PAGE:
LGA calls for a bigger role in tackling the rural connectivity gap
Written by: Sam Fenwick | Published:

The Local Government Association (LGA) has called for more post-Brexit powers to deal with a number of issues faced by rural England including patchy mobile and broadband connectivity that cuts off businesses’ access to new markets.

The LGA has set up a Post-Brexit England Commission to examine the challenges and opportunities faced by non-metropolitan England and it today published an interim report, “The future of non-metropolitan England: Moving the conversation on”, which notes that one in five rural homes built in the last three years is still not connected to “superfast broadband” and calls for a new Fibre to the Premises Kitemark to reduce confusion in the marketplace.

The LGA highlights recent figures from Ofcom that indicate that 60 per cent of rural premises can receive an outdoor 4G signal from all operators, falling to 19 per cent for indoor coverage and is concerned by a recent disclosure that the mobile network operators’ obligations (as set by the UK government) “will not be of sufficient strength or capacity to support the needs of modern day smartphone users”.

The Association also cited a report that puts the current cost from constraints to digital adoption for rural businesses, especially small and micro-businesses, at up to £26 billion in lost gross value added.

Consequently, the LGA says that the government must give councils the statutory backing to ensure all new build homes are connected to future-proofed digital infrastructure; and work with Ofcom to ensure mobile coverage data is accurate, up-to-date and reflects consumer experience in non-metropolitan areas.

In return, councils in non-metropolitan England will look to engage with developers through the planning system to ensure that digital connectivity is a key consideration in planning applications so residents can be assured their new homes will have future-proofed digital connectivity.

These councils are also looking to work constructively with mobile network operators to understand the role local policy and public sector infrastructure can play in helping expand mobile connectivity across rural and deeply rural areas.

The full report can be viewed here.

Cllr Mark Hawthorne, chairman of the LGA’s People and Places Board, said: “Rural areas face a perfect storm. It is increasingly difficult for people to buy a home in their local community, mobile and broadband connectivity can be patchy, and people living within rural and deeply rural communities face increasing isolation from health services.

“If Britain is to make the most of a successful future outside of the European Union, it’s essential that our future success is not confined to our cities. Unless the Government can give non-metropolitan England the powers and resources it needs, it will be left behind.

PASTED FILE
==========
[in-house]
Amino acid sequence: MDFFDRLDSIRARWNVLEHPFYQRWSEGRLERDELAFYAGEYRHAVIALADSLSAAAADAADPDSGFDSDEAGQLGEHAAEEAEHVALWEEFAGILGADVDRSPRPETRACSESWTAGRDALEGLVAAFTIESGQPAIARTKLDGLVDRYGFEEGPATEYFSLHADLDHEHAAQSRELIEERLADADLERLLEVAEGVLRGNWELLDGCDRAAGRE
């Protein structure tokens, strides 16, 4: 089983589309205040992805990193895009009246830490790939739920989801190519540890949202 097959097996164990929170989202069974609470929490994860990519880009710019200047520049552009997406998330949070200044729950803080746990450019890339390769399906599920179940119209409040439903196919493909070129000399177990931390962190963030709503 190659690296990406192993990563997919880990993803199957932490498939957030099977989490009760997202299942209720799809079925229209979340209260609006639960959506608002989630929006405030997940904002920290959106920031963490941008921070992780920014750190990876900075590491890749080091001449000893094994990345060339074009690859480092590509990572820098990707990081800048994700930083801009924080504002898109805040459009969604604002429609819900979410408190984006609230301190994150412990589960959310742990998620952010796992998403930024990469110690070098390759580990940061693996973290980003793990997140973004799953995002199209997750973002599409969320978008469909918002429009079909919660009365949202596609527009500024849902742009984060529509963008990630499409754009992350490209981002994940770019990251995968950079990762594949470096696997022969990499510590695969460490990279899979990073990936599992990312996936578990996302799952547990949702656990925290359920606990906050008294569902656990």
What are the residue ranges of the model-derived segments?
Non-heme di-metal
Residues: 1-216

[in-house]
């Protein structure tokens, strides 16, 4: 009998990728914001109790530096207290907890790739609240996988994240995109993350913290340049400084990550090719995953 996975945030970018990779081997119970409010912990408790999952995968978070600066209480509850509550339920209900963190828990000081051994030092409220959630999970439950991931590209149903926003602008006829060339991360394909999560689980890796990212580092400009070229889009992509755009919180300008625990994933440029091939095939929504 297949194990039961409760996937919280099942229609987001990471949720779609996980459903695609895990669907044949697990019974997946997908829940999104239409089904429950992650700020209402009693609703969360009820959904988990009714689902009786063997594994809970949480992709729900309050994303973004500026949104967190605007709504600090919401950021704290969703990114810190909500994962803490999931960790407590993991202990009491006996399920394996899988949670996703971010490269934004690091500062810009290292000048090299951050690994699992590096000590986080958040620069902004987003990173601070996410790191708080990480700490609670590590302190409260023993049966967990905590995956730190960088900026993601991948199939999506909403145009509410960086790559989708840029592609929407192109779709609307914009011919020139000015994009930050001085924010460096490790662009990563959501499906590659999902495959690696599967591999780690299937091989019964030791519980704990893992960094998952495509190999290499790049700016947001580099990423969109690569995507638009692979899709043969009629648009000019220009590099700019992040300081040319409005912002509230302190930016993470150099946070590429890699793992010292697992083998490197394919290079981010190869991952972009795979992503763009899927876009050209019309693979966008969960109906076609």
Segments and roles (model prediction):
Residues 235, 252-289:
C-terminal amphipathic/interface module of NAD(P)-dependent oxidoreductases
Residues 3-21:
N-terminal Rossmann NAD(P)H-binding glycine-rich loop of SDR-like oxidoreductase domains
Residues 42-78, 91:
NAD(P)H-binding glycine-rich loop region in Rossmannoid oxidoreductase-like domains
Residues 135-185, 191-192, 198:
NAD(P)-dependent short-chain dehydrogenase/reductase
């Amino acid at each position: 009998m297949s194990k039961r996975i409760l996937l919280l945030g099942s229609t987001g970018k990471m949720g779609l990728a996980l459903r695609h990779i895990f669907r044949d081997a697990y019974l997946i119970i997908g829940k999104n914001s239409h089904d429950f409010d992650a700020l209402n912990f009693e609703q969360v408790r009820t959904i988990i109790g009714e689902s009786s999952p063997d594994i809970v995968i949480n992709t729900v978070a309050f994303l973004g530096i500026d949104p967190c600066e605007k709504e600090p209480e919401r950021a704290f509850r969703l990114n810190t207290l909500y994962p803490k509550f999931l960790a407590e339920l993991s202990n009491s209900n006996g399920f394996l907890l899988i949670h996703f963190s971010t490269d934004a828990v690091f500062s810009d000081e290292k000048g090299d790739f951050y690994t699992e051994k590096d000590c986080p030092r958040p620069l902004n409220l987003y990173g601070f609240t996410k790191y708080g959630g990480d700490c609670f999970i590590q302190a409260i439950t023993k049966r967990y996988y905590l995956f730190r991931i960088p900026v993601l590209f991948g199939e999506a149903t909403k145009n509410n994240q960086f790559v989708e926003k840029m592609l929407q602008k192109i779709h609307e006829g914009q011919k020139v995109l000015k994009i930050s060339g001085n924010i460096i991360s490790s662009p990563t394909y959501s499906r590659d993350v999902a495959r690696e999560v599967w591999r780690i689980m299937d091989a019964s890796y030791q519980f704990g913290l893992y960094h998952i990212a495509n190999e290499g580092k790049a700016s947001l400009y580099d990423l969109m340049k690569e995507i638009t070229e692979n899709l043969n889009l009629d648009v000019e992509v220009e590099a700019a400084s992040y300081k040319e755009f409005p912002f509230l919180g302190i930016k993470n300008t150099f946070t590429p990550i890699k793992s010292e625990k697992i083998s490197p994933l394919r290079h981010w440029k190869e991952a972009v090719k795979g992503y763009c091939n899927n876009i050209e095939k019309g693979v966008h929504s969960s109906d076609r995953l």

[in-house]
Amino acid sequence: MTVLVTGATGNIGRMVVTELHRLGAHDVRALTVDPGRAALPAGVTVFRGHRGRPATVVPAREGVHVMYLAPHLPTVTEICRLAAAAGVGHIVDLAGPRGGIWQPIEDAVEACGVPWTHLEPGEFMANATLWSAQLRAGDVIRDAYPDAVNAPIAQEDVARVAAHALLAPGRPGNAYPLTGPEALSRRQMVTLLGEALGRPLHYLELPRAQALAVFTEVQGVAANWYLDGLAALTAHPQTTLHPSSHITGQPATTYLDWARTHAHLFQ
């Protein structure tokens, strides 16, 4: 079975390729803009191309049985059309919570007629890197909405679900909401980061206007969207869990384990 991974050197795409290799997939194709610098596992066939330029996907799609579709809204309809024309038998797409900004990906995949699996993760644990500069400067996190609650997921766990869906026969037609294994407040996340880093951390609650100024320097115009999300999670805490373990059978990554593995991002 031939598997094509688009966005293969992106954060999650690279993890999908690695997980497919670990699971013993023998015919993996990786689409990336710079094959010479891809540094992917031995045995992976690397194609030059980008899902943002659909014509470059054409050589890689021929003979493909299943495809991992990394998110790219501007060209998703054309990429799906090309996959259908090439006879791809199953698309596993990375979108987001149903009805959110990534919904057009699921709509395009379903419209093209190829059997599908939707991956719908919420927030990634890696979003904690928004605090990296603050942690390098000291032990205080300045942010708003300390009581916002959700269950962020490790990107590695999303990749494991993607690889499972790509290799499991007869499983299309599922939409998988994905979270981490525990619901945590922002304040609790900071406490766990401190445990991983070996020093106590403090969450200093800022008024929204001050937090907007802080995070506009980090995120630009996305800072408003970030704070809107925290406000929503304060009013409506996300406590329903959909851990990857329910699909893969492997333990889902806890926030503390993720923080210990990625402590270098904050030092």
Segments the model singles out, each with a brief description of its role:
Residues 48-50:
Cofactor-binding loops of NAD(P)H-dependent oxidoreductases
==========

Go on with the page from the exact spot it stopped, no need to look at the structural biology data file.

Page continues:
“This report outlines to Government a firm offer from councils in non-metropolitan areas, to play a greater role in building thriving, connected and healthy communities. It represents a once-in-a-generation opportunity for non-metropolitan England to not only improve public services, but deliver a resurgence in rural England’s economy as well.”

Evan Dixon, CEO, European Broadband Retail at Viasat Inc, said: “...The government’s current ambition of providing a 10mbps Universal Service Obligation (USO) is nowhere near fast enough to provide rural populations with the connectivity they need, especially as demand keep increasing. The Government needs to be much more ambitious in providing better connections, instead of passing the buck to local areas. Without this ambition, we risk further widening the divide highlighted in the report, creating a two-tiered nation of broadband haves and have-nots. This two-tier problem will have ongoing effects on education, opportunity and investment, creating a vicious circle where the gap between haves and have-nots keeps expanding.

“Providing this connection is challenging when we’re increasingly reliant on fibre, which is needlessly and prohibitively expensive to build out in rural communities...Satellite broadband... is increasingly capable of offering the speed and capacity that consumers need, already serving hundreds of thousands of homes in the US and Europe with speeds up to 100 Mbps. By 2020, satellite broadband will be capable of even greater speeds, with the capacity to deliver consumer services at a suitable price point. Exactly what we need in the UK to make sure everybody is covered with the right speeds at the right cost, regardless of the impact of Brexit.”


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